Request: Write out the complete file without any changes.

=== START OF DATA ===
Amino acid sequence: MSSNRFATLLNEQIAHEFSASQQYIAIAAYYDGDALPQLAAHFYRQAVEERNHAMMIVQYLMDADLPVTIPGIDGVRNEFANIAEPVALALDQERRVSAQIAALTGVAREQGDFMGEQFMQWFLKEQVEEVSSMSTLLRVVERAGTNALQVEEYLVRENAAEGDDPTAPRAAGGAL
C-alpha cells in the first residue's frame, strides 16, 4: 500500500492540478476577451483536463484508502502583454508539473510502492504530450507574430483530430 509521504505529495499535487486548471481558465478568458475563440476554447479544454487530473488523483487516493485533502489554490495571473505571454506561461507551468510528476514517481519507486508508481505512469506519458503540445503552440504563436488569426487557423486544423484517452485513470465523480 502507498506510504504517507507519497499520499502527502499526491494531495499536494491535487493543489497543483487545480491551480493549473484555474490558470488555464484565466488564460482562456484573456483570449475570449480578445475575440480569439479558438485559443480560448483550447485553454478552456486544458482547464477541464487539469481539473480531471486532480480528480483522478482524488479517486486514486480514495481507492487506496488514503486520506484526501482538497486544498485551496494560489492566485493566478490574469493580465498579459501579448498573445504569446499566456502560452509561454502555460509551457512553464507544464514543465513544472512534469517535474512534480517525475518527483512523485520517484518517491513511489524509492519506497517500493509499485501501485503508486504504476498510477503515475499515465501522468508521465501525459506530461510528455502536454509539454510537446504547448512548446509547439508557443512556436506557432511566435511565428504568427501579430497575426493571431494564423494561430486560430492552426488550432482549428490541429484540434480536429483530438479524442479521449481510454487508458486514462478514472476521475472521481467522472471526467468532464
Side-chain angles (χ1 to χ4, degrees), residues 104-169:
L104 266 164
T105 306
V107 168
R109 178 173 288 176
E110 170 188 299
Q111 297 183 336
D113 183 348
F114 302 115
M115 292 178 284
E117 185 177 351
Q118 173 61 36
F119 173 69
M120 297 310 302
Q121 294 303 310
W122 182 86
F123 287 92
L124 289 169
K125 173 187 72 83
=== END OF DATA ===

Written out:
Amino acid sequence: MSSNRFATLLNEQIAHEFSASQQYIAIAAYYDGDALPQLAAHFYRQAVEERNHAMMIVQYLMDADLPVTIPGIDGVRNEFANIAEPVALALDQERRVSAQIAALTGVAREQGDFMGEQFMQWFLKEQVEEVSSMSTLLRVVERAGTNALQVEEYLVRENAAEGDDPTAPRAAGGAL
C-alpha cells in the first residue's frame, strides 16, 4: 500500500492540478476577451483536463484508502502583454508539473510502492504530450507574430483530430 509521504505529495499535487486548471481558465478568458475563440476554447479544454487530473488523483487516493485533502489554490495571473505571454506561461507551468510528476514517481519507486508508481505512469506519458503540445503552440504563436488569426487557423486544423484517452485513470465523480 502507498506510504504517507507519497499520499502527502499526491494531495499536494491535487493543489497543483487545480491551480493549473484555474490558470488555464484565466488564460482562456484573456483570449475570449480578445475575440480569439479558438485559443480560448483550447485553454478552456486544458482547464477541464487539469481539473480531471486532480480528480483522478482524488479517486486514486480514495481507492487506496488514503486520506484526501482538497486544498485551496494560489492566485493566478490574469493580465498579459501579448498573445504569446499566456502560452509561454502555460509551457512553464507544464514543465513544472512534469517535474512534480517525475518527483512523485520517484518517491513511489524509492519506497517500493509499485501501485503508486504504476498510477503515475499515465501522468508521465501525459506530461510528455502536454509539454510537446504547448512548446509547439508557443512556436506557432511566435511565428504568427501579430497575426493571431494564423494561430486560430492552426488550432482549428490541429484540434480536429483530438479524442479521449481510454487508458486514462478514472476521475472521481467522472471526467468532464
Side-chain angles (χ1 to χ4, degrees), residues 104-169:
L104 266 164
T105 306
V107 168
R109 178 173 288 176
E110 170 188 299
Q111 297 183 336
D113 183 348
F114 302 115
M115 292 178 284
E117 185 177 351
Q118 173 61 36
F119 173 69
M120 297 310 302
Q121 294 303 310
W122 182 86
F123 287 92
L124 289 169
K125 173 187 72 83